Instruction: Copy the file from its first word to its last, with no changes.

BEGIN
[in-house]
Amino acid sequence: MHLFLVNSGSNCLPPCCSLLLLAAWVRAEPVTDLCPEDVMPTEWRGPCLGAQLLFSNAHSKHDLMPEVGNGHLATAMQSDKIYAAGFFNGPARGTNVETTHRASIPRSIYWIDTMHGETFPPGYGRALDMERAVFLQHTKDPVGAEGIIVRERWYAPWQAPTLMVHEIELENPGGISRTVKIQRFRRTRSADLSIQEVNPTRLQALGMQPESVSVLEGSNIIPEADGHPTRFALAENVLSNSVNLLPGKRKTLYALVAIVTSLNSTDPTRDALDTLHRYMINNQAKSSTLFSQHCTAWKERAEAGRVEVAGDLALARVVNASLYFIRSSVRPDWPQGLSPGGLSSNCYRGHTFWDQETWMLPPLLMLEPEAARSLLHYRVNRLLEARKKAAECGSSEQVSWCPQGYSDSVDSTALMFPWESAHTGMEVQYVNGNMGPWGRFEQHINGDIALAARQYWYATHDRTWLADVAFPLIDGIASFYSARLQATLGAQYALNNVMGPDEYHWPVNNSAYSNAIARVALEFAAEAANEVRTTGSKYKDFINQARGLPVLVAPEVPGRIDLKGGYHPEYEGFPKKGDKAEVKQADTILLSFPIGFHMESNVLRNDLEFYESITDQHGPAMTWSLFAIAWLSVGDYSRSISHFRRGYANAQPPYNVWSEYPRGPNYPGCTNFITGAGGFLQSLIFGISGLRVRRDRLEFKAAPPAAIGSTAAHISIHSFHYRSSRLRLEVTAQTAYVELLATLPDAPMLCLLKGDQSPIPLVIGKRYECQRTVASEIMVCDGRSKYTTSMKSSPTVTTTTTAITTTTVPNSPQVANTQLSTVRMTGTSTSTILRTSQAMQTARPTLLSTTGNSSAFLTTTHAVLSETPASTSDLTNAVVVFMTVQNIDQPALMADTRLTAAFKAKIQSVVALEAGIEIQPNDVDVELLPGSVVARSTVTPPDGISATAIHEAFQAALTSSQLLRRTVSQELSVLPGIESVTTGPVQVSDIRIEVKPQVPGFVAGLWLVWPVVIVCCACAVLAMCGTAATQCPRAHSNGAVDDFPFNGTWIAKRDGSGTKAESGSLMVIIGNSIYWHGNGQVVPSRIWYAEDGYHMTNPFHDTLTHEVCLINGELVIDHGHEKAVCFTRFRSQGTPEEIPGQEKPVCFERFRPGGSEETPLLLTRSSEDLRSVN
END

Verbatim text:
[in-house]
Amino acid sequence: MHLFLVNSGSNCLPPCCSLLLLAAWVRAEPVTDLCPEDVMPTEWRGPCLGAQLLFSNAHSKHDLMPEVGNGHLATAMQSDKIYAAGFFNGPARGTNVETTHRASIPRSIYWIDTMHGETFPPGYGRALDMERAVFLQHTKDPVGAEGIIVRERWYAPWQAPTLMVHEIELENPGGISRTVKIQRFRRTRSADLSIQEVNPTRLQALGMQPESVSVLEGSNIIPEADGHPTRFALAENVLSNSVNLLPGKRKTLYALVAIVTSLNSTDPTRDALDTLHRYMINNQAKSSTLFSQHCTAWKERAEAGRVEVAGDLALARVVNASLYFIRSSVRPDWPQGLSPGGLSSNCYRGHTFWDQETWMLPPLLMLEPEAARSLLHYRVNRLLEARKKAAECGSSEQVSWCPQGYSDSVDSTALMFPWESAHTGMEVQYVNGNMGPWGRFEQHINGDIALAARQYWYATHDRTWLADVAFPLIDGIASFYSARLQATLGAQYALNNVMGPDEYHWPVNNSAYSNAIARVALEFAAEAANEVRTTGSKYKDFINQARGLPVLVAPEVPGRIDLKGGYHPEYEGFPKKGDKAEVKQADTILLSFPIGFHMESNVLRNDLEFYESITDQHGPAMTWSLFAIAWLSVGDYSRSISHFRRGYANAQPPYNVWSEYPRGPNYPGCTNFITGAGGFLQSLIFGISGLRVRRDRLEFKAAPPAAIGSTAAHISIHSFHYRSSRLRLEVTAQTAYVELLATLPDAPMLCLLKGDQSPIPLVIGKRYECQRTVASEIMVCDGRSKYTTSMKSSPTVTTTTTAITTTTVPNSPQVANTQLSTVRMTGTSTSTILRTSQAMQTARPTLLSTTGNSSAFLTTTHAVLSETPASTSDLTNAVVVFMTVQNIDQPALMADTRLTAAFKAKIQSVVALEAGIEIQPNDVDVELLPGSVVARSTVTPPDGISATAIHEAFQAALTSSQLLRRTVSQELSVLPGIESVTTGPVQVSDIRIEVKPQVPGFVAGLWLVWPVVIVCCACAVLAMCGTAATQCPRAHSNGAVDDFPFNGTWIAKRDGSGTKAESGSLMVIIGNSIYWHGNGQVVPSRIWYAEDGYHMTNPFHDTLTHEVCLINGELVIDHGHEKAVCFTRFRSQGTPEEIPGQEKPVCFERFRPGGSEETPLLLTRSSEDLRSVN